Bisphenol A (BPA), which is found in the linings of metal cans and plastic products, has been linked in animal studies to early puberty, behavioral abnormalities and altered immune function. One study found that blacks overall had higher urinary concentrations of BPA than whites, as did people with lower incomes.
Phthalates are typically found in soft plastics, including many children’s products. Studies have linked the chemical to abnormal sexual development in animals, as well as cancer. The Environmental Protection Agency’s data indicate that blacks have especially high exposures to Mono-ethyl phthalate, commonly found in personal care products containing fragrances. A 2003 analysis of government data by the Environmental Justice and Health Union, a coalition of environmental justice groups, found that “the Black population has the greatest overall exposure to phthalates,” though certain subgroups within the white population showed extremely high exposures.
The color line keeps resurfacing in studies of the impact of hormone-disrupting chemicals that accumulate in people’s bodies, but little is known about what exactly race means here. Is it the segregation of black and white neighborhoods? Fragrances in black hair products? Exposures just from living in the vicinity of factories that make toxic products?
Dr. Frank Biro of the Cincinnati Children’s Hospital Medical Center’s Division of Adolescent Medicine, a lead researcher in the 2010 study on race and early puberty, noted that racial categories may be a proxy for complex, overlapping factors. Obesity, or socioeconomic status, for instance, may correlate with race and influence child development, and those factors. in turn, could tie into structural issues like a lack of access to fresh healthy food, or inadequate health care. “[P]art of racial differences includes genetic differences, part of what we call race are cultural issues, part of what we call race are deeply embedded in socioeconomic differences,” Biro said. “So in this country, racial differences often evoke strong emotional responses, but race involves a lot of different factors, and we just lump them into race.”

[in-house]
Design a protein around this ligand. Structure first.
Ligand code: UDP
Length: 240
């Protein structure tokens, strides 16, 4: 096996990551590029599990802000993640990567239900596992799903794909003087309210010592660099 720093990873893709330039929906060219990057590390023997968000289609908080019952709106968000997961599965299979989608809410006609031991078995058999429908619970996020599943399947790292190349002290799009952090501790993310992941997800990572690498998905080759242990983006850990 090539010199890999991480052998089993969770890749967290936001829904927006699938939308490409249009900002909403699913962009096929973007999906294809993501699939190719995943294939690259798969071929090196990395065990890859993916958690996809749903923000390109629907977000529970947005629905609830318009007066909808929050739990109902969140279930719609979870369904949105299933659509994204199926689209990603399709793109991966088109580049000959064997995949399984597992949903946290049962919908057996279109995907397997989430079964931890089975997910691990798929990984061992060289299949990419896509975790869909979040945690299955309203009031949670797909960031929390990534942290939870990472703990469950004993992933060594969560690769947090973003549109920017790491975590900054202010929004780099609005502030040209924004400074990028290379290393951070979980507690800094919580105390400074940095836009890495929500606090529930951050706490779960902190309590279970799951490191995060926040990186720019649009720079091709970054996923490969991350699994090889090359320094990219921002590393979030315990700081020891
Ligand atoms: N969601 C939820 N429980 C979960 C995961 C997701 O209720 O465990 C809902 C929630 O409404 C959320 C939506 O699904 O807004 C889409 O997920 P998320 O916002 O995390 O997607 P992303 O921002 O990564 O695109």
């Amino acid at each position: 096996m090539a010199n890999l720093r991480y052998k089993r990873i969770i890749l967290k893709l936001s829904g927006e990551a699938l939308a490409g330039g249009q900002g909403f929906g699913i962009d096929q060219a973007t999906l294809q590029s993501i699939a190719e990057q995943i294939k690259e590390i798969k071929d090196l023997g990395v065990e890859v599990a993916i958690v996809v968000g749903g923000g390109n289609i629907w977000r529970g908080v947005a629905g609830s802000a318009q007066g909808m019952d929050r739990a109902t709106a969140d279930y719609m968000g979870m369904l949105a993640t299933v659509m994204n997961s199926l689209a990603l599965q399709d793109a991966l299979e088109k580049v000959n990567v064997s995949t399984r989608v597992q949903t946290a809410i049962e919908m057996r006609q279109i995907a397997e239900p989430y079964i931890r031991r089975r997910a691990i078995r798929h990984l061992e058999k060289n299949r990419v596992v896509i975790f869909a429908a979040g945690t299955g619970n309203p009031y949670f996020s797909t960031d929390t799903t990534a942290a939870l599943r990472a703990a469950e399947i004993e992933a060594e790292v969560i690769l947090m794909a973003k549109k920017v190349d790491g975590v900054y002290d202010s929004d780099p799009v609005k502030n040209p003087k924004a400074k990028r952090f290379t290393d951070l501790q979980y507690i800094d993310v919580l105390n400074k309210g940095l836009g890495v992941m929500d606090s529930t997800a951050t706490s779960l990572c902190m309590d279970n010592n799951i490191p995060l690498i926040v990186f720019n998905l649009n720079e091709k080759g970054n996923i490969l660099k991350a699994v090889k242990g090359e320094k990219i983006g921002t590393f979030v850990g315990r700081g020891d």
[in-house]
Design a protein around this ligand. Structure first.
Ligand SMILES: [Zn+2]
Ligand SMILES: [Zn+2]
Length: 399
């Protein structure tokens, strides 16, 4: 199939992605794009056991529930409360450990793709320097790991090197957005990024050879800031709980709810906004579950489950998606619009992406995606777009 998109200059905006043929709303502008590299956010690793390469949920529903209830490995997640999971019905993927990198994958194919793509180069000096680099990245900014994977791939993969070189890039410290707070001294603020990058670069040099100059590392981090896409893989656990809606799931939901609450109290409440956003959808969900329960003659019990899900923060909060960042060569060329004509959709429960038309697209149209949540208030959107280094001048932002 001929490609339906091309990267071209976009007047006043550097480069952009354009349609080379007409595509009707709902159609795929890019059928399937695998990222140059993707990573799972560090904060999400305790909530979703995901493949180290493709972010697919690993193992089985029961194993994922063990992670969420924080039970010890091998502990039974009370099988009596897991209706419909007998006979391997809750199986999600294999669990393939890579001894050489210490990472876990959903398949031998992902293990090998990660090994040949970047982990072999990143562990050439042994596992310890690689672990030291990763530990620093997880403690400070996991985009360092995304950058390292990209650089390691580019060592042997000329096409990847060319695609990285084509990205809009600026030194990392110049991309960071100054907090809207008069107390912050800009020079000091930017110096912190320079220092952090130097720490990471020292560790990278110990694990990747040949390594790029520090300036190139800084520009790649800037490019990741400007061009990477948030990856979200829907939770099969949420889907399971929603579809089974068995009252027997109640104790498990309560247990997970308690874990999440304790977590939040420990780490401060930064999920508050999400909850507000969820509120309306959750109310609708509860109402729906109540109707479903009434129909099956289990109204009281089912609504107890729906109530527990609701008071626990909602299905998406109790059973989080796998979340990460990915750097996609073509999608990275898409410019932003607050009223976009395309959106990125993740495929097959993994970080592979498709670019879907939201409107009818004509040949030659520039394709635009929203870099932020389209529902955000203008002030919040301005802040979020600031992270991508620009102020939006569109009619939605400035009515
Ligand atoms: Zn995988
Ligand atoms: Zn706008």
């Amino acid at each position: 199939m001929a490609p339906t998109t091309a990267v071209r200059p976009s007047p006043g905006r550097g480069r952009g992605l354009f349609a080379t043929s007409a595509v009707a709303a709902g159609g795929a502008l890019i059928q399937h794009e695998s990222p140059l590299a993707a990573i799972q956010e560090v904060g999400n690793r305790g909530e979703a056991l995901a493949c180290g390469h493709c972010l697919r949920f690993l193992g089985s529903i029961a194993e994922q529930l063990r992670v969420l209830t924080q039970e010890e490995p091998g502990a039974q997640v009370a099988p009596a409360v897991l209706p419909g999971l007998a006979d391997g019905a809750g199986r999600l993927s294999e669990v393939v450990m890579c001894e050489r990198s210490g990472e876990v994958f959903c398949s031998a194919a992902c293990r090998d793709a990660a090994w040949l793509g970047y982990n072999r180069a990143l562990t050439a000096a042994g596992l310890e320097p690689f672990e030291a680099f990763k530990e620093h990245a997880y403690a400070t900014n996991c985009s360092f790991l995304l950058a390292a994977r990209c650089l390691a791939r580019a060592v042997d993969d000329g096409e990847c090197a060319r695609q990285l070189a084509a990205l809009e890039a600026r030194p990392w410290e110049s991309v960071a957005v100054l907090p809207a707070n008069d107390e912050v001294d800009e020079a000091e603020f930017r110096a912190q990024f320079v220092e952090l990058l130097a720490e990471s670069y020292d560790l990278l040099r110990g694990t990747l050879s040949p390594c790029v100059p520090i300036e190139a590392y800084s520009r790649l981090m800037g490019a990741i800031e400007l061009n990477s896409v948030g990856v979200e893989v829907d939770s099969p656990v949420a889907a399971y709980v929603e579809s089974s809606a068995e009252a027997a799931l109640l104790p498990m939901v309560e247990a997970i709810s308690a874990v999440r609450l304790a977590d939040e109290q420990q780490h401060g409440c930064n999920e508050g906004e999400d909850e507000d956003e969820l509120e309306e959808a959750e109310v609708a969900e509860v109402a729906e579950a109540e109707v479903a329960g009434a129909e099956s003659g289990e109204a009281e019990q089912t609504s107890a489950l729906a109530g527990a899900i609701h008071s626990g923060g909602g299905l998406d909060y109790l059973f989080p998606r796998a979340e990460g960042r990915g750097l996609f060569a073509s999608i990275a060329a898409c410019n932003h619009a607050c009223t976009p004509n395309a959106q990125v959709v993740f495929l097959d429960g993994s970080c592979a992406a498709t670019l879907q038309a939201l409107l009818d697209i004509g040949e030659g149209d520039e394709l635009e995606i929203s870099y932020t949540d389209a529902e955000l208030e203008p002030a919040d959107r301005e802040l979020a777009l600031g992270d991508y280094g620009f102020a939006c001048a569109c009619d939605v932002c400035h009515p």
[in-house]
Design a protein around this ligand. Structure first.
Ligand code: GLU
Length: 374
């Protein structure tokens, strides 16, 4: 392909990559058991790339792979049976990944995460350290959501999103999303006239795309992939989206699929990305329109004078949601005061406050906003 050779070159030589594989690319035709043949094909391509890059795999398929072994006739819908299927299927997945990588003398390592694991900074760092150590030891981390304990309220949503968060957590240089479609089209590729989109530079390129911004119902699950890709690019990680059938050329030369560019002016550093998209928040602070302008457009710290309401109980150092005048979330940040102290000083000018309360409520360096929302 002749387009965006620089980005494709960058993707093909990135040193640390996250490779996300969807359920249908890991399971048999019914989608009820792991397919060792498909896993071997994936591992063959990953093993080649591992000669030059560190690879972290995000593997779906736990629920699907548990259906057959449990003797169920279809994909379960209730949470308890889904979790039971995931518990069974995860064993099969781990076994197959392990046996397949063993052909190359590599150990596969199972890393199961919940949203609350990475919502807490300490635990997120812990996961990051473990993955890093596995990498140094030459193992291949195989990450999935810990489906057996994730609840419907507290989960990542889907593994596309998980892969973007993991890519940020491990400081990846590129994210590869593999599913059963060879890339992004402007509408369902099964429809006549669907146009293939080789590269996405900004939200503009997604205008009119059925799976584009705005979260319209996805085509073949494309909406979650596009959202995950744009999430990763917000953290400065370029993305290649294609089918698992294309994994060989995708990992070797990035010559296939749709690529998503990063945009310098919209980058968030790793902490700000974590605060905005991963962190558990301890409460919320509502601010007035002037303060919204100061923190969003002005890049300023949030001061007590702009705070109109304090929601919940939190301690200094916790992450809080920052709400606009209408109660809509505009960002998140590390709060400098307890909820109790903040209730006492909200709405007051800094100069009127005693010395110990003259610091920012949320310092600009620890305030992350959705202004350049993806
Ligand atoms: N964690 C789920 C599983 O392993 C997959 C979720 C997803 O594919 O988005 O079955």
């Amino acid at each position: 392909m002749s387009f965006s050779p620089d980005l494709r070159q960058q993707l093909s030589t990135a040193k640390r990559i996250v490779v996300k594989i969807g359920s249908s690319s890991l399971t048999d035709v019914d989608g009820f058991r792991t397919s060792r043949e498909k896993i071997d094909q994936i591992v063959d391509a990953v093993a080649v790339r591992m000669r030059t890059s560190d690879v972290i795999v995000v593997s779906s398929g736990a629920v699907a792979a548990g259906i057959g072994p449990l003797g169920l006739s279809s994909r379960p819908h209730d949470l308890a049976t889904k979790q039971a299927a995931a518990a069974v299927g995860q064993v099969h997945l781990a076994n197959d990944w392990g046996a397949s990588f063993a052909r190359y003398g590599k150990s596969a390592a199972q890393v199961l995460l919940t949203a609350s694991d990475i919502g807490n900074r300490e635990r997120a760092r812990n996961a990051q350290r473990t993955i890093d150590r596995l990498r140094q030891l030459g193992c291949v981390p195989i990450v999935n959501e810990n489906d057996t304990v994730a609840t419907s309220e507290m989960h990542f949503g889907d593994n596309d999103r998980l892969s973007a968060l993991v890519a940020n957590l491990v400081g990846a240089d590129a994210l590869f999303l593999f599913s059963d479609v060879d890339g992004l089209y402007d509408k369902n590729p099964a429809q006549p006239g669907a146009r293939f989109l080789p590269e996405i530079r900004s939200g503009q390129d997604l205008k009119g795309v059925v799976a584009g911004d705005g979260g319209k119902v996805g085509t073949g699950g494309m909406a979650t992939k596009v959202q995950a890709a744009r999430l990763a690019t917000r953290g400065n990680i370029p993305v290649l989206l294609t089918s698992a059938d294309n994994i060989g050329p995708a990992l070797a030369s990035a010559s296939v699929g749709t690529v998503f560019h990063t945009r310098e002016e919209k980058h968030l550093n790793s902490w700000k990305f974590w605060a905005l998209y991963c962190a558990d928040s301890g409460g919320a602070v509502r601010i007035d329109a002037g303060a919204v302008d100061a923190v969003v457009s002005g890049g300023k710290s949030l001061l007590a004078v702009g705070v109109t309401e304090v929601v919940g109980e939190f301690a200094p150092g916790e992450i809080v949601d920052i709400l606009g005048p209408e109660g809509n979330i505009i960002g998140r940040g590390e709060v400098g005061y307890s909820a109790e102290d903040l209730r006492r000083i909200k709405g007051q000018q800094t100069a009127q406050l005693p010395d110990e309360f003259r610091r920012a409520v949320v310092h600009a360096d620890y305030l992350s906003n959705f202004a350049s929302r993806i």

The phalanx of chemical hazards flowing through our homes and neighborhoods makes it nearly impossible to isolate any specific chemical factor in early puberty. But watchdogs say consumers and lawmakers need to act with an abundance of caution.
The New York-based advocacy group West Harlem Environmental Action (WE ACT) is keenly aware of how race complicates issues of environmental health. The group, which has historically fought air pollution and toxic dumping in urban communities of color, is now campaigning to inform community members about hazards sitting on their kitchen and bathroom shelves.